Ukraine-Russia gas deal could be overturned: Official

A top aide to Ukrainian President said that the deal struck last week to restore Russian gas flows to Europe could be declared invalid.

Ukraine-Russia gas deal could be overturned: Official

A top aide to Ukrainian President Viktor Yushchenko said on Monday that the deal struck last week to restore Russian gas flows to Europe could be declared invalid if shown to have been concluded under pressure.

The deal between the two ex-Soviet state's gas companies - Ukraine's Naftogaz and Russia's Gazprom - was clinched last week after two long negotiating sessions led by Prime Minister Yulia Tymoshenko and her Russian opposite number, Vladimir Putin.

It provided for Ukraine to pay market prices with a 20 percent discount for 2009 - $360 in the first quarter against $179.50 last year - and eliminated intermediaries in trading as long demanded by the Ukrainian prime minister.

Bohdan Sokolovsky, the president's energy aide, said the outcome differed greatly from Yushchenko's proposals and the deal's provisions were "done in haste with no analysis of the consequences".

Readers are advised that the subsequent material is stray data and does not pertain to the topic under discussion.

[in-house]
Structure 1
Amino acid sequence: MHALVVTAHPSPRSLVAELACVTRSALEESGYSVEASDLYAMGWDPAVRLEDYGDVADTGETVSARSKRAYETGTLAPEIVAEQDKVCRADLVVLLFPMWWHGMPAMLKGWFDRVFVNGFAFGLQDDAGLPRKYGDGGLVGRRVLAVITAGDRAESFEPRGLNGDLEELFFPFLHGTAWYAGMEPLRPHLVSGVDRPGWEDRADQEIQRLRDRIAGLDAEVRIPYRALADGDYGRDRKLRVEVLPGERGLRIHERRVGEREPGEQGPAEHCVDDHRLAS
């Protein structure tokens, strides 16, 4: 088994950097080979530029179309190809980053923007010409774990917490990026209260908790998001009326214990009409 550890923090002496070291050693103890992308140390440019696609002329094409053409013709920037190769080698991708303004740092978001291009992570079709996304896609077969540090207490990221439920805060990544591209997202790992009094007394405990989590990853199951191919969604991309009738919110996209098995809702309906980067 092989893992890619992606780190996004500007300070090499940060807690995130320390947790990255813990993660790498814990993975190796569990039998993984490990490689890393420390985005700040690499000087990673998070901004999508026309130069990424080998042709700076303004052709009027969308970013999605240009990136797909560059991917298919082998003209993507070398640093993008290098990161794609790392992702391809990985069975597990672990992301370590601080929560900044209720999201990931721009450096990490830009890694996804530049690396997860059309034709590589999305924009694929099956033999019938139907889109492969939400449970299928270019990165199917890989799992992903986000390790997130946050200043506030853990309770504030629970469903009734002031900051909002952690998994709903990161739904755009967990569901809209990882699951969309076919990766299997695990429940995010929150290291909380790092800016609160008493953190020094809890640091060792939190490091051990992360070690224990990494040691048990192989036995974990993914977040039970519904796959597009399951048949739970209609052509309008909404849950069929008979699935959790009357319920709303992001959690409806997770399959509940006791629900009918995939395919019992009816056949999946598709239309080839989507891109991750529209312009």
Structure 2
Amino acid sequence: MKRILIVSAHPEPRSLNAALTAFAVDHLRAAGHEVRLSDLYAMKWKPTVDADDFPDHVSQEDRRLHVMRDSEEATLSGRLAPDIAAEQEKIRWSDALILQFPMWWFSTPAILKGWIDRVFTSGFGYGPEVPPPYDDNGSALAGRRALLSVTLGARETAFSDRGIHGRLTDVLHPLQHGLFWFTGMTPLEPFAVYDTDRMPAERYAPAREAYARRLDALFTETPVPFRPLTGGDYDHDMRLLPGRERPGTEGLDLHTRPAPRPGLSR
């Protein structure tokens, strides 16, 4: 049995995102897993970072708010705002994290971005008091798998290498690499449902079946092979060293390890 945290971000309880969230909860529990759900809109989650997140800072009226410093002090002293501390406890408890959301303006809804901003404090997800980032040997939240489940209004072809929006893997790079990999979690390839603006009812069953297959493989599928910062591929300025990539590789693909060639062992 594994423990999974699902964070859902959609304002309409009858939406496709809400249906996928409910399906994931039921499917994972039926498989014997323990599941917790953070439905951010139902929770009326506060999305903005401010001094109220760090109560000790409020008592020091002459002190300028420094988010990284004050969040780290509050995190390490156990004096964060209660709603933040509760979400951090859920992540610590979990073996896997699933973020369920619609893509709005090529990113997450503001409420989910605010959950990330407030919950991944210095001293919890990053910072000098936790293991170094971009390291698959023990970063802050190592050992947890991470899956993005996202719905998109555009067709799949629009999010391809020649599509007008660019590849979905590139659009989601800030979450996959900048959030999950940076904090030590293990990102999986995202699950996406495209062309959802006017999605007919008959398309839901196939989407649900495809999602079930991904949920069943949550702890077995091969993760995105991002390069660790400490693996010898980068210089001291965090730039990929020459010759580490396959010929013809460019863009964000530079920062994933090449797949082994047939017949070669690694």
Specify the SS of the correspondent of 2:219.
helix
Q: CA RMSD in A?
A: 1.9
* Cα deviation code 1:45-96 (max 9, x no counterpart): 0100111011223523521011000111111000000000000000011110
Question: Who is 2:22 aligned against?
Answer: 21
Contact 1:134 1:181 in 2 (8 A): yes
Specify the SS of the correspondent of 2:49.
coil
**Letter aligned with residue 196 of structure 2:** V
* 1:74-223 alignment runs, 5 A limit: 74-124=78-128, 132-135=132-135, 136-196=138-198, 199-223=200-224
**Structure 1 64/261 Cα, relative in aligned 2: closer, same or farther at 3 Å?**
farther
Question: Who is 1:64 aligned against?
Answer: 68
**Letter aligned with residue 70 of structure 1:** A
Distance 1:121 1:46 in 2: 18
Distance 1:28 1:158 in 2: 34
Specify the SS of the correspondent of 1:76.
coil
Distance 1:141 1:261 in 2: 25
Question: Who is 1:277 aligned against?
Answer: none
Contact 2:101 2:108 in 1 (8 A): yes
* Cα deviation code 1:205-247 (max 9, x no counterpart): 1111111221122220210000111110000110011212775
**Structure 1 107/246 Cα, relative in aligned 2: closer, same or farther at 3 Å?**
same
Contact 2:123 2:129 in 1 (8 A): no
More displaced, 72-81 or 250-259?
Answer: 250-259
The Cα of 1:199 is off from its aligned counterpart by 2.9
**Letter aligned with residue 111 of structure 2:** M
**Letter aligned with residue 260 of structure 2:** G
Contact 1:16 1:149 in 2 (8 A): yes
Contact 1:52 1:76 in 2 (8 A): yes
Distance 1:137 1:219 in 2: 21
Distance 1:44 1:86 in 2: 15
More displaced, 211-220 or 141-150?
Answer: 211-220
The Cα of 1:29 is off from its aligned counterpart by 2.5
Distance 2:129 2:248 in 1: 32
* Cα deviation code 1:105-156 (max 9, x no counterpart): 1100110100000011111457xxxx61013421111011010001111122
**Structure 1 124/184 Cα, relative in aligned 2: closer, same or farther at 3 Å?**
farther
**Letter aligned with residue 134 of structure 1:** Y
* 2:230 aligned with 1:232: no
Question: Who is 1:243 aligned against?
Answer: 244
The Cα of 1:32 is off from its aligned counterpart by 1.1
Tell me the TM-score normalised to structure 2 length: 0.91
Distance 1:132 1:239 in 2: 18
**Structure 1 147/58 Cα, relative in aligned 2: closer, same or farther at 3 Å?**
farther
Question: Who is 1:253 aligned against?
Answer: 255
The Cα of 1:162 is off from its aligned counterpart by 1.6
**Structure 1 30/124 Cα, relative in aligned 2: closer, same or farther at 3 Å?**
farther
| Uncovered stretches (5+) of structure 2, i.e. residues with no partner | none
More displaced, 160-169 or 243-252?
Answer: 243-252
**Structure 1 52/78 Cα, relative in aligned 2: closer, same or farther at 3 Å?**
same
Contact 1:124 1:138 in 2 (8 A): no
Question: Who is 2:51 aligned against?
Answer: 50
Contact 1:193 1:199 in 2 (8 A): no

In a statement on the presidential Website, he said: "The issue of using pressure must be investigated. The gas agreement between Naftogaz and Gazprom could be declared invalid if it were concluded under pressure."

Yushchenko and Tymoshenko, rivals despite their alliance during the 2004 "Orange Revolution" that brought pro-Western leaders to power, have adopted widely divergent positions on the agreement that ended a three-week cutoff of supplies.

Tymoshenko praised the deal, saying it offered Ukraine the best possible conditions, while the president said the price rise amounted to a "defeat".

The president's top economic aide last week called for talks by the summer to improve the deal's terms. Gazprom chief Alexei Miller rejected any notion of renegotiating the deal.

The president's Website also said Naftogaz chief Oleh Dubyna had been taken to hospital with heart trouble in the days following the signing of the agreement and was likely to undergo treatment for the next two to three weeks.

Sokolovsky said an initial analysis of the contract gave rise to the notion that "pressure had been applied to Dubyna on the night the contract was signed...and this could have had a negative impact on his health".

Reuters
Last Mod: 26 Ocak 2009, 18:02
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